Report Provides Roadmap to Grow Manufacturing Jobs

The manufacturing sector has actually posted employment gains in two consecutive years.  It currently employs 574,000 Pennsylvanians, but Governor Tom Corbett says we can do better.  Corbett and key members of his administration unveiled the Governor’s Manufacturing Advisory Council report at four, statewide events Tuesday afternoon.

The 24-member panel decided upon 15-recommendations that range from better career and technical education, to a statewide energy plan and tax policy changes.  “We have a cross-agency, public-private team of folks working on implementation going forward,” says Team Pennsylvania Foundation president & CEO Matt Zieger.  “So those [recommendations] that are not underway, will be underway very soon.”

Team PA has been funding and facilitating the council since Governor Corbett created it late last year.  Zieger says the report is unique because many of the recommendations aren’t just about how the state can help the manufacturers, but how the manufacturers can help themselves.

One of the key issues raised in the report is the “skills gap” that was reported by 82% of Pennsylvania’s 15,000 manufacturers.

“My goal is straight forward; a healthy economy and a job for every Pennsylvanian that wants one,” Governor Corbett said.  “This report provides a solid roadmap for us to work together and achieve that goal.”

The statewide jobless rate now stands at 7.9%, according to the latest data from the Department of Labor & Industry.

“Keystone Works” to Launch This Fall

Guidelines are being drafted for a new program called Keystone Works, which could help unemployed Pennsylvanians find a job more quickly.  “Keystone Works will provide an opportunity for the unemployed worker to receive training with a business while continuing to receive their UC benefits, at the same time incentivizing the employers to hopefully hire these unemployed individuals,” says Michelle Staton, deputy secretary for workforce development with the state Department of Labor & Industry.

The worker benefits by staying connected to the workforce, obtaining new skills and receiving job-specific training in a high-priority occupation.  Even if they are not hired at the end of the eight-week program, Staton tells us the new skills will make it easier to find work elsewhere.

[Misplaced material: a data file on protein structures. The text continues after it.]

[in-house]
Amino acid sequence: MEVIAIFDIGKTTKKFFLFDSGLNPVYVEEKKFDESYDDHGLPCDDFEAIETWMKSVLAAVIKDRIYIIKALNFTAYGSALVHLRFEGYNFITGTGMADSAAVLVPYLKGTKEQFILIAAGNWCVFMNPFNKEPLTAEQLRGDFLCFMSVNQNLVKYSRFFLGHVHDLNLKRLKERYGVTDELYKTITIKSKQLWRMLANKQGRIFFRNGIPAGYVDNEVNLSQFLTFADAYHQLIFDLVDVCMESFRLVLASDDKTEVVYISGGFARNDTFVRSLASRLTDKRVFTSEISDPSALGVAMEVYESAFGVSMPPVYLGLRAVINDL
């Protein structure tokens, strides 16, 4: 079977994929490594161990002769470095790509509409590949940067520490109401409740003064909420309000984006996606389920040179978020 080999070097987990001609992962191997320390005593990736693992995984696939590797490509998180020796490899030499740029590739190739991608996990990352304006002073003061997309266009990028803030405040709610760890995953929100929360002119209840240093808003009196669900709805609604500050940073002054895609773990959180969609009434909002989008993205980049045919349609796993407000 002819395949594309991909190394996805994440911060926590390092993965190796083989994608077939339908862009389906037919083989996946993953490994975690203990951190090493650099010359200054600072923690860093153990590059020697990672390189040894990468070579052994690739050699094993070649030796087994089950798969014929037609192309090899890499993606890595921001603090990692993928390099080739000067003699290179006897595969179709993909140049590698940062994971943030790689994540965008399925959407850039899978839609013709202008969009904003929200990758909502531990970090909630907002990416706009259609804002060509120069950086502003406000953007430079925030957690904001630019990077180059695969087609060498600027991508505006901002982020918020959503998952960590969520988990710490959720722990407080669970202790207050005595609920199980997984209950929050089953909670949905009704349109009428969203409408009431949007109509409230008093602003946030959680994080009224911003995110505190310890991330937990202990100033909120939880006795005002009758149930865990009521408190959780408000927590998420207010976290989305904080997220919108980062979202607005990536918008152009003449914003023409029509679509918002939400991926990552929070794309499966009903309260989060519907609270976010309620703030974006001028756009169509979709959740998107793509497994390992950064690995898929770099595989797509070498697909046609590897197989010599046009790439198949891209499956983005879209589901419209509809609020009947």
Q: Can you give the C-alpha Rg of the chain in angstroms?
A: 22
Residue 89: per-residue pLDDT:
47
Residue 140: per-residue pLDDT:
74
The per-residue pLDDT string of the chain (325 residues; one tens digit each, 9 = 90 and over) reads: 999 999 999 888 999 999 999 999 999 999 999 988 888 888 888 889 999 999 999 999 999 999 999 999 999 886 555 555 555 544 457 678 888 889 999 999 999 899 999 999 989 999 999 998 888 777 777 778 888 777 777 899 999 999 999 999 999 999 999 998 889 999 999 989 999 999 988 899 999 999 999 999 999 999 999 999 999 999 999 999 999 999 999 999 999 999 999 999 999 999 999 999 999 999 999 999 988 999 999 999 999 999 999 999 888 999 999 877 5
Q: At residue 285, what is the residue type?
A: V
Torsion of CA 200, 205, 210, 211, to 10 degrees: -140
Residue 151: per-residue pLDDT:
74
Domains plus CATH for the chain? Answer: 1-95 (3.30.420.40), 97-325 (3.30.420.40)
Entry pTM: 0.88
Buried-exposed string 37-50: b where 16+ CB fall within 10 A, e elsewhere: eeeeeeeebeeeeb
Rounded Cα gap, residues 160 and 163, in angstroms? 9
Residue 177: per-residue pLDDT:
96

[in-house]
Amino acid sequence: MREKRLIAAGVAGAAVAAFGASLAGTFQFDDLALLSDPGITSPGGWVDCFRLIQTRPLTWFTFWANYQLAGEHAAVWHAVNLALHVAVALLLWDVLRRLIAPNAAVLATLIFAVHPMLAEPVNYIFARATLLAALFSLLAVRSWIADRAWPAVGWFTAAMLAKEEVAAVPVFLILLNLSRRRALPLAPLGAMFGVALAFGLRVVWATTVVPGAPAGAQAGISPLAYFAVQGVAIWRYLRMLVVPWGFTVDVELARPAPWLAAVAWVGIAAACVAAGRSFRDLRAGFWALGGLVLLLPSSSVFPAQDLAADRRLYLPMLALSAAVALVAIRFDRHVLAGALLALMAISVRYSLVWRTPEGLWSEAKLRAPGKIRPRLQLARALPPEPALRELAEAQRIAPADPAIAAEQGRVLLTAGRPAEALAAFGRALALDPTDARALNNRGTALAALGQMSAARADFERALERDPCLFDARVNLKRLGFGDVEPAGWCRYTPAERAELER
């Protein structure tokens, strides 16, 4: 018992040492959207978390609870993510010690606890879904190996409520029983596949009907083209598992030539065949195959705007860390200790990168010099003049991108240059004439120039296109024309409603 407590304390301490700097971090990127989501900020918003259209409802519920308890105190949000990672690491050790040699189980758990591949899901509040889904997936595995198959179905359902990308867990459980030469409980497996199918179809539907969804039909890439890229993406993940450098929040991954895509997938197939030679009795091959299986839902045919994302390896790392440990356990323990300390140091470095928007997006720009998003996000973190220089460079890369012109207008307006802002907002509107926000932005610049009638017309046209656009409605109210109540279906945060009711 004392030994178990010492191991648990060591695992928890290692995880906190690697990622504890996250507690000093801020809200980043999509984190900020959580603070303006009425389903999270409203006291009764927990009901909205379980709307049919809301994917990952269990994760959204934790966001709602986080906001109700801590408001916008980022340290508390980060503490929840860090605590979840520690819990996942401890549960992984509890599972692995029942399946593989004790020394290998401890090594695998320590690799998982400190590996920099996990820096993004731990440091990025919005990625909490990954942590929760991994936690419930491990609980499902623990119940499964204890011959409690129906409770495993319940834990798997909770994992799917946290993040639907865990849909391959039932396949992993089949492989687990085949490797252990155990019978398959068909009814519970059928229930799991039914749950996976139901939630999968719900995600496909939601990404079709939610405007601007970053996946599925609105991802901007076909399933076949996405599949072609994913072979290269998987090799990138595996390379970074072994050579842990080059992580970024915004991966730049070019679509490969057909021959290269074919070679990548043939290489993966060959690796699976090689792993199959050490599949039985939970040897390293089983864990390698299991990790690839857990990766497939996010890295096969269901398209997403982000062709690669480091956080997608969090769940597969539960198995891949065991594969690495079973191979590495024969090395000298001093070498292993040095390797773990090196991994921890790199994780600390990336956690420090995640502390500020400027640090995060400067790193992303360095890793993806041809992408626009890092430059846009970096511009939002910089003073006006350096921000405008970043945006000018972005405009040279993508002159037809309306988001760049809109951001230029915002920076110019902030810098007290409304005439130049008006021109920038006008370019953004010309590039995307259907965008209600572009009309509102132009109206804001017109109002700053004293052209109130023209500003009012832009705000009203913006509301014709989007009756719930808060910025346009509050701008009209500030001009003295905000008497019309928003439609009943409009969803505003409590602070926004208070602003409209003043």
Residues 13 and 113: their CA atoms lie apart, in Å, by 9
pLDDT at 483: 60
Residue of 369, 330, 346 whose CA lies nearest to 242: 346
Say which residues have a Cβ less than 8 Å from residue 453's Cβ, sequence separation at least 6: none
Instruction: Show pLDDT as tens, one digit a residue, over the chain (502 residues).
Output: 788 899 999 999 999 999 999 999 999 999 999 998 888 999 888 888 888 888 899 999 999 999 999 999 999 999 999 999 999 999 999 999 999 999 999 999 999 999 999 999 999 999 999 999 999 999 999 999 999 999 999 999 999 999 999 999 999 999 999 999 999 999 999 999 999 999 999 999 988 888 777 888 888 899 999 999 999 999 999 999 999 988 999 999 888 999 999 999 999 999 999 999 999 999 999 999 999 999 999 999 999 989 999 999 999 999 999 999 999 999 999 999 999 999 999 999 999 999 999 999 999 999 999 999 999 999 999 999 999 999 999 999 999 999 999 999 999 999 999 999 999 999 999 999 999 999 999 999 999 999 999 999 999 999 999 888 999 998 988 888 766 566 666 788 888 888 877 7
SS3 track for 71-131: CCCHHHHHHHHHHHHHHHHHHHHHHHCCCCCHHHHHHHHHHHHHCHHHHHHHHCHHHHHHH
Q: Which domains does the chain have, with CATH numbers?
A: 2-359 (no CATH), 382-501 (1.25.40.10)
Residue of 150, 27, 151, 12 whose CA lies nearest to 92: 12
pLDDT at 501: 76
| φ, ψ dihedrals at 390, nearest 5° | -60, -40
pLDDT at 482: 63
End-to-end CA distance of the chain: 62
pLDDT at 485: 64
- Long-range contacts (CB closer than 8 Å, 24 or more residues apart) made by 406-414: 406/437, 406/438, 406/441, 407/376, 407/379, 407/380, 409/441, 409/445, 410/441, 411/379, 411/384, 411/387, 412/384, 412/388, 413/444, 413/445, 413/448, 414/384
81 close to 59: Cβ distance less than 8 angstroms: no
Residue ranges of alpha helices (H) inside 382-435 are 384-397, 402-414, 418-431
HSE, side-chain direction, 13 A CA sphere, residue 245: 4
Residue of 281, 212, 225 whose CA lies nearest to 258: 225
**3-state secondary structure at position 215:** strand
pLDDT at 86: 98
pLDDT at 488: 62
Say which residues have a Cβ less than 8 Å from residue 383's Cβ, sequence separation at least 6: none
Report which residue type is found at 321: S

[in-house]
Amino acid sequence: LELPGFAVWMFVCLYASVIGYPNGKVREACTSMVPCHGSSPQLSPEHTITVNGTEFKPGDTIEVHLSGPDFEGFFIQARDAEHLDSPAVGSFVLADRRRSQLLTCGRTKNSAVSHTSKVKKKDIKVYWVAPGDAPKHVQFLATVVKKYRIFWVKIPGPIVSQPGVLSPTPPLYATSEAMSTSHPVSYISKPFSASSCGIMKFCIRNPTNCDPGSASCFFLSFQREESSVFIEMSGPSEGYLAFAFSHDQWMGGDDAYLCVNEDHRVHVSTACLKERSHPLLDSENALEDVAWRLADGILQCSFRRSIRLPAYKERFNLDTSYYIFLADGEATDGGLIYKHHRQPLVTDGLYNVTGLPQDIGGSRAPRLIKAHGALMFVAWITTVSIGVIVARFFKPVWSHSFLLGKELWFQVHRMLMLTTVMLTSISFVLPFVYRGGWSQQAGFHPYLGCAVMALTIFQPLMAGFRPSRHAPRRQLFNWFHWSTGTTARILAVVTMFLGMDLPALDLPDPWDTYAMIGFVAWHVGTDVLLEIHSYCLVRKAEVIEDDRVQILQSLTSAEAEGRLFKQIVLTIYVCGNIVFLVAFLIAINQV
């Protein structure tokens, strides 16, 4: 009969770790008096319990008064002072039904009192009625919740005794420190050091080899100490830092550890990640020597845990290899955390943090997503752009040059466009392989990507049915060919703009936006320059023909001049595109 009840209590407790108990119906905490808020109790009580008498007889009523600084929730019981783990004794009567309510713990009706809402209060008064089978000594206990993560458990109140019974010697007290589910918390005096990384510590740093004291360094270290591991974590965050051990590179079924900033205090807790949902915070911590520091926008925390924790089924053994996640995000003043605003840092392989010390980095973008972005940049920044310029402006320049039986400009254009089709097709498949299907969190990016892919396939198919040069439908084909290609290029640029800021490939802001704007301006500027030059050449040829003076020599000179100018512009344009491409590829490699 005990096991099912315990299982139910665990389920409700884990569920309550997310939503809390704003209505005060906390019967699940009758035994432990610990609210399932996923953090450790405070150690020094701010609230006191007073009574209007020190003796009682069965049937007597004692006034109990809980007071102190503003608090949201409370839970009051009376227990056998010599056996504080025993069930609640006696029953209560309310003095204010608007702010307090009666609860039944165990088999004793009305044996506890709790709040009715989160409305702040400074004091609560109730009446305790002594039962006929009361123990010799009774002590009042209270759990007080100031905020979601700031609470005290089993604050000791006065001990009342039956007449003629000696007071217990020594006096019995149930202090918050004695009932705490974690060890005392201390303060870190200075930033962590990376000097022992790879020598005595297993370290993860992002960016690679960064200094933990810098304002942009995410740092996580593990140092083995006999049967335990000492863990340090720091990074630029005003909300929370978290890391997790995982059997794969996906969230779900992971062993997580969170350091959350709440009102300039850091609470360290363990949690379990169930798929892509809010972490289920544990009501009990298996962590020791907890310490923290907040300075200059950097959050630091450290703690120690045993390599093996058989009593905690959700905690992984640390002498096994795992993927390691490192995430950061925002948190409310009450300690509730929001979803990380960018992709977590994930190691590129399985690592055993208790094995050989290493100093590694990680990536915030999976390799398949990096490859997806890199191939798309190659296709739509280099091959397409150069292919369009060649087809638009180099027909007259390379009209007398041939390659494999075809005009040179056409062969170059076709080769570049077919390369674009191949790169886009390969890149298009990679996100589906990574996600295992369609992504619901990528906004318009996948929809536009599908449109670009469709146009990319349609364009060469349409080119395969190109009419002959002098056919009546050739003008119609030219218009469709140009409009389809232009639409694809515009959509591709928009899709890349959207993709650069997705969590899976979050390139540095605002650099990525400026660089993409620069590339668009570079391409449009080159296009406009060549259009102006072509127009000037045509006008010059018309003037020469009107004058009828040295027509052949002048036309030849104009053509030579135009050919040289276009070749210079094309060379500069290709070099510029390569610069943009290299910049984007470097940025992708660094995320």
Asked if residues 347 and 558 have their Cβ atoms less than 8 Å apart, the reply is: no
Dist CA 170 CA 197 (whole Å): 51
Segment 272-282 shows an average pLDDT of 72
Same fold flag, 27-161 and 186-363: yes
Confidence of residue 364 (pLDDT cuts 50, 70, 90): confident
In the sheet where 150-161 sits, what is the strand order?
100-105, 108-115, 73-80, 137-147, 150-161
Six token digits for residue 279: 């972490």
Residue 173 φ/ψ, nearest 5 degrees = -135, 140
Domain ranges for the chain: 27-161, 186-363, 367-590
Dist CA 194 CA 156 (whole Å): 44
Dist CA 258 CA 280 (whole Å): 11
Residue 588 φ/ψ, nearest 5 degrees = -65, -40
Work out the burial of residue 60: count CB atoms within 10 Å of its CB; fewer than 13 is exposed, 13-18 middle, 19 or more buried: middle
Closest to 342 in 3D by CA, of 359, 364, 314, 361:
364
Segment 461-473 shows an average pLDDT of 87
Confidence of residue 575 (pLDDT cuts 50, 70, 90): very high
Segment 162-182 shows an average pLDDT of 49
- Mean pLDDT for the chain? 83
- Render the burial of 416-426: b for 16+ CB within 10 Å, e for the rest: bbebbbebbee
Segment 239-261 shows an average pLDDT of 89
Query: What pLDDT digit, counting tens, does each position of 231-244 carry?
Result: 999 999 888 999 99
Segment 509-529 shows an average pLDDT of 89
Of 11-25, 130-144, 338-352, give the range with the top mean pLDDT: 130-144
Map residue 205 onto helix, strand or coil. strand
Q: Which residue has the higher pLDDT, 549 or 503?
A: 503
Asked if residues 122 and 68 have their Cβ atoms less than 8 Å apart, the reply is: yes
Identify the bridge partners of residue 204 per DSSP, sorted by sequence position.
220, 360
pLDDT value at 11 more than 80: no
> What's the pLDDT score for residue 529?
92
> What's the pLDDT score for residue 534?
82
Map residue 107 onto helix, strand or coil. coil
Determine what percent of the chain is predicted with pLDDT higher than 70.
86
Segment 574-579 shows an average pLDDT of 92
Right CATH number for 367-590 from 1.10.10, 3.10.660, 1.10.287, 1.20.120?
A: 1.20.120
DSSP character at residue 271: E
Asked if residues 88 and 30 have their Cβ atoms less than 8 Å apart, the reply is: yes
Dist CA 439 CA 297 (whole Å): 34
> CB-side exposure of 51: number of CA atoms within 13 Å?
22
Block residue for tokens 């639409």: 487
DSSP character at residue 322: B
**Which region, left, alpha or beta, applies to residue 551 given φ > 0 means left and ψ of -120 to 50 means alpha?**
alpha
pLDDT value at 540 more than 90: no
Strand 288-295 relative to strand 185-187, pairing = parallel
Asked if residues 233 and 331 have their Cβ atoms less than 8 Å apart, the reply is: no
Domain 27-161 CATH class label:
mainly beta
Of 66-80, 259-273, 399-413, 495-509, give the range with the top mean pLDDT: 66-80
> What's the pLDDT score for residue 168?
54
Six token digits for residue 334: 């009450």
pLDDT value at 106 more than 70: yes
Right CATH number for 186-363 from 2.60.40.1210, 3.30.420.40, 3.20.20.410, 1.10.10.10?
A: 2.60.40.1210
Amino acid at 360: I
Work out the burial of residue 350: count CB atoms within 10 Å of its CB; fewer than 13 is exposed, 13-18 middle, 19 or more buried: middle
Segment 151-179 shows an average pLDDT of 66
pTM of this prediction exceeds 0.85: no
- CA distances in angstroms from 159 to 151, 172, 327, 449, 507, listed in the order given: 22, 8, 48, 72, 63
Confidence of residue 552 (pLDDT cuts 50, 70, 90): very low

The employer benefits because the program helps off-set the cost of training, and offers incentives of up to $1,500 for every trainee they hire.

The new state budget includes $2.5-million dollars to cover the cost of those incentives.  Staton says their goal is to train 2,000 workers in the first year of “Keystone Works.”  The Department of Labor and Industry will be developing a website specifically for individuals and companies interested in Keystone Works.

The statewide jobless rate currently stands at 7.5%.  July’s numbers are expected to be released later this week.

Negotiators Agree to Budget Framework, Tax Credit

Governor Tom Corbett has repeatedly said that June 30th means something to him.  With Wednesday night’s announcement that he and top Republican lawmakers have agreed to a $27.656-billion dollar budget framework, it appears that Pennsylvania is on pace to meet a second consecutive budget deadline.

Neither Corbett nor the legislative leaders were willing to discuss the details, as rank-and-file lawmakers are still being briefed on the specifics and a few details are still being finalized.  However, $27.656-billion is the same spend number the state Senate used when it passed a budget bill in May.

One of the Senate’s top priorities at the time was the restoration of proposed 20% cuts to the State System of Higher Education and proposed 30% cuts to the three big state-related universities (Penn State, Pitt and Temple).  The planned restorations came with a promise from those universities to keep next year’s tuition increases below the Consumer Price Index.  Whether these restorations made it into the final deal has yet to be confirmed.

We do know that 40.3% of the budget is comprised of education spending and 38.9% is spent on social services.  So, any movement in the spending plan – either up or down – will likely come from those two categories.

In addition to the budget framework, negotiators have confirmed agreement on an ethane tax credit that’s designed to lure a massive new petrochemical plant to western Pennsylvania.  “We are investing I believe… in a new industrial revolution in Pennsylvania,” Governor Corbett said earlier on Wednesday.  “We are investing in the opportunity for thousands of Pennsylvanians to have a good job.”

The American Chemistry Council estimates 10,000 construction jobs, 400 direct plant jobs in 17,000 spinoff jobs in chemical and manufacturing industries if the proposed Shell Oil petrochemical plant comes to fruition in Pennsylvania.

While Corbett was joined at the capitol by a large & diverse group of tax credit supporters, critics are wary of giving taxpayer money away to big industry.  One of those critics is state Rep. Jesse White (D-Washington).  He’s already proposed an alternative that would fund the incentives through a surcharge on Pennsylvania’s natural gas wells.  “We should not be socializing costs while privatizing profits,” White said in a statement this week.

Governor Corbett Heads Overseas This Month

As Pennsylvania’s St. Patrick’s Day festivities begin winding down, Governor Tom Corbett’s international trade mission will be ramping up.  Corbett is leading a trade mission to France and Germany, two of the state’s most important trade partners